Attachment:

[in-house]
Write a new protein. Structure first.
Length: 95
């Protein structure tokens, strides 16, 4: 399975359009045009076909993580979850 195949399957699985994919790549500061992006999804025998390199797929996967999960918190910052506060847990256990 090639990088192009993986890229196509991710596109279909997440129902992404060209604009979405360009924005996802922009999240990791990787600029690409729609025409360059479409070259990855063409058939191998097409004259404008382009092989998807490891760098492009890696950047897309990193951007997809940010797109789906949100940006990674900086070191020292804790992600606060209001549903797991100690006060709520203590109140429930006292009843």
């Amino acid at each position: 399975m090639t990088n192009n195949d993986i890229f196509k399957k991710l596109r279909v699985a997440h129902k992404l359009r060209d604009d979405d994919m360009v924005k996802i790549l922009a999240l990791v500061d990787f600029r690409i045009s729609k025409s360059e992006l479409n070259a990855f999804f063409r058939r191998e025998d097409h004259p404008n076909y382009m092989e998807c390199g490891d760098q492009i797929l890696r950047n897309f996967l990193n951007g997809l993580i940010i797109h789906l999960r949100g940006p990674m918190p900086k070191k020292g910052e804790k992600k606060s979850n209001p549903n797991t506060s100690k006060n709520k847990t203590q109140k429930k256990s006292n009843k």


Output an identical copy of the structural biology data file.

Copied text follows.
[in-house]
Write a new protein. Structure first.
Length: 95
């Protein structure tokens, strides 16, 4: 399975359009045009076909993580979850 195949399957699985994919790549500061992006999804025998390199797929996967999960918190910052506060847990256990 090639990088192009993986890229196509991710596109279909997440129902992404060209604009979405360009924005996802922009999240990791990787600029690409729609025409360059479409070259990855063409058939191998097409004259404008382009092989998807490891760098492009890696950047897309990193951007997809940010797109789906949100940006990674900086070191020292804790992600606060209001549903797991100690006060709520203590109140429930006292009843």
């Amino acid at each position: 399975m090639t990088n192009n195949d993986i890229f196509k399957k991710l596109r279909v699985a997440h129902k992404l359009r060209d604009d979405d994919m360009v924005k996802i790549l922009a999240l990791v500061d990787f600029r690409i045009s729609k025409s360059e992006l479409n070259a990855f999804f063409r058939r191998e025998d097409h004259p404008n076909y382009m092989e998807c390199g490891d760098q492009i797929l890696r950047n897309f996967l990193n951007g997809l993580i940010i797109h789906l999960r949100g940006p990674m918190p900086k070191k020292g910052e804790k992600k606060s979850n209001p549903n797991t506060s100690k006060n709520k847990t203590q109140k429930k256990s006292n009843k």